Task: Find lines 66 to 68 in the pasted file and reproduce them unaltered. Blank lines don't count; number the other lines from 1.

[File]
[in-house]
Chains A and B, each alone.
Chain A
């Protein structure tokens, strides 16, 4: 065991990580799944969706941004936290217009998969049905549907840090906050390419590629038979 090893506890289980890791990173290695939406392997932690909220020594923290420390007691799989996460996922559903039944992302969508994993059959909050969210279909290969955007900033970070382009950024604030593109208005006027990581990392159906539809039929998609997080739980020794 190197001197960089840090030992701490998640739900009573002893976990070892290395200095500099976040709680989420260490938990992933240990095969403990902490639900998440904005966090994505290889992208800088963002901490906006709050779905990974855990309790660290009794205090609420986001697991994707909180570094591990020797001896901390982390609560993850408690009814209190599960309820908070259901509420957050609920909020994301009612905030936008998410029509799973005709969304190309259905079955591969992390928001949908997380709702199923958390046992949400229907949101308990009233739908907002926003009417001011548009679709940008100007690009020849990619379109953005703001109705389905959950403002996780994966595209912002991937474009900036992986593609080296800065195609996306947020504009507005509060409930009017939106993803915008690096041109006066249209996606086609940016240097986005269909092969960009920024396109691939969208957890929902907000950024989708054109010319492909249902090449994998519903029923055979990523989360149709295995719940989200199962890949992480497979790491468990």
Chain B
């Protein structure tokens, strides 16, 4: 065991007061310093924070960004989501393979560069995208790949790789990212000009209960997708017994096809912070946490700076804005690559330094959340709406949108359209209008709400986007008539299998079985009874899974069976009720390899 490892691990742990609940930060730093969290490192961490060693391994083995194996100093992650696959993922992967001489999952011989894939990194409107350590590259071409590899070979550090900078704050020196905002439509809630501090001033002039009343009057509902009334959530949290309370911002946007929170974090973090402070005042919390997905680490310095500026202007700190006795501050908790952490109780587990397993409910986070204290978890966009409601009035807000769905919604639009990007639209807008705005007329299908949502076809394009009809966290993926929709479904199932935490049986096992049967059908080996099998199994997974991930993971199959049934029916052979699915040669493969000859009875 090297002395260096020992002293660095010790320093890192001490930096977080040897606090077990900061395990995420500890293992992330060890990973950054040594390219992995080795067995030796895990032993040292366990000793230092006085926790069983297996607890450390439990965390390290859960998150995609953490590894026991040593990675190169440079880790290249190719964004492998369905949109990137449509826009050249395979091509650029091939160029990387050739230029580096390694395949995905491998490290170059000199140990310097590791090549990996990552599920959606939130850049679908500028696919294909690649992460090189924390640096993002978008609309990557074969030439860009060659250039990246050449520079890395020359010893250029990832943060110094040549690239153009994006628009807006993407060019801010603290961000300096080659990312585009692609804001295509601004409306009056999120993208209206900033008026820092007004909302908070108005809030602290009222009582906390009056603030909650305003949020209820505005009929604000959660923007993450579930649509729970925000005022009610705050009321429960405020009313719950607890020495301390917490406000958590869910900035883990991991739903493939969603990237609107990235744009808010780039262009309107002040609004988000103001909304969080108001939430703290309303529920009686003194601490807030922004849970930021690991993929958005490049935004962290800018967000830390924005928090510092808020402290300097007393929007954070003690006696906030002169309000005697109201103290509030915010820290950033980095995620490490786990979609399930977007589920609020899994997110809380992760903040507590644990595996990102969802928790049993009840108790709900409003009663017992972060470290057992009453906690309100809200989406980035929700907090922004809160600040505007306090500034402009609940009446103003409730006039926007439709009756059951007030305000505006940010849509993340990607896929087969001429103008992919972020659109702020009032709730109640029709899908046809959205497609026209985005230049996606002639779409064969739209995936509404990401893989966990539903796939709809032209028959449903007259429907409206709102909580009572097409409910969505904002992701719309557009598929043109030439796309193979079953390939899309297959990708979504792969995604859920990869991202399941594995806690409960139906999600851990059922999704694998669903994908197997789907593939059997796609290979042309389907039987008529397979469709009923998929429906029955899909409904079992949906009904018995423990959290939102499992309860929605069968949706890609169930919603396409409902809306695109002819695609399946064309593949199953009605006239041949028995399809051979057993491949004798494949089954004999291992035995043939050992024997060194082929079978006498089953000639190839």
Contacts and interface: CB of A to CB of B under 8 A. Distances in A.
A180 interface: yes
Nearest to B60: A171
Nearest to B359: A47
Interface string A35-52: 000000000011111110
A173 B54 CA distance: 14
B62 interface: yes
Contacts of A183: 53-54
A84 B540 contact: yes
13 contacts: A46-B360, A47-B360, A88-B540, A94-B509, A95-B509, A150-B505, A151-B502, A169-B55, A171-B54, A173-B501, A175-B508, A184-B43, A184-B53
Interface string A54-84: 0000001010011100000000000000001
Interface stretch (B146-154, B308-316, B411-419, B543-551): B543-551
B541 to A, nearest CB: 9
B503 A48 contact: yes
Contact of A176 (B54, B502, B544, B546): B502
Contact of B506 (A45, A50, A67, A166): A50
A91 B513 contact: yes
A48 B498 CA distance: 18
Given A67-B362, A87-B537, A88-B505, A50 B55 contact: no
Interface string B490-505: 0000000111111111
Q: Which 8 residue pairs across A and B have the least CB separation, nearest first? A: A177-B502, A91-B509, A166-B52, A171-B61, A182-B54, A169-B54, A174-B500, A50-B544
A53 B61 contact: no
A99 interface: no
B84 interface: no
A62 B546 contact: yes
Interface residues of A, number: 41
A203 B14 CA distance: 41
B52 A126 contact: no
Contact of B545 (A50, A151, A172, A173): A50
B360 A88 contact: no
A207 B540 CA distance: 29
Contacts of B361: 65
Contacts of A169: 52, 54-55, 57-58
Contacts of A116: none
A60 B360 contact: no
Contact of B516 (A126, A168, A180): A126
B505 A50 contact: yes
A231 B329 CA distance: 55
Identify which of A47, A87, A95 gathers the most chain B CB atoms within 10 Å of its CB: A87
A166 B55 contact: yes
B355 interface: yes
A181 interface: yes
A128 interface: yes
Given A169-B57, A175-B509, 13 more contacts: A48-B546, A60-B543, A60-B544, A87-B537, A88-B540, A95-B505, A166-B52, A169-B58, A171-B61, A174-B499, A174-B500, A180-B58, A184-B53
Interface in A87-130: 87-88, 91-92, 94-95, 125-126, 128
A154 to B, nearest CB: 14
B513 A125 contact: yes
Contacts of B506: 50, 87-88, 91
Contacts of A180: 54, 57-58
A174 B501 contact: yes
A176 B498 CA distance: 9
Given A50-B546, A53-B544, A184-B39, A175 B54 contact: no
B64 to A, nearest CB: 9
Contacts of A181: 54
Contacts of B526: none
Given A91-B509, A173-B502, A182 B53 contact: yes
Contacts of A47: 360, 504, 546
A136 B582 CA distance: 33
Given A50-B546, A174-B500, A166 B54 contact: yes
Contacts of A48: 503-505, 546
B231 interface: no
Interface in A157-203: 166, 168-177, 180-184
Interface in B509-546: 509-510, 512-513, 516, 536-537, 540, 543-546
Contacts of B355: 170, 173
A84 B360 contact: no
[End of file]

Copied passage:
Contacts of A48: 503-505, 546
B231 interface: no
Interface in A157-203: 166, 168-177, 180-184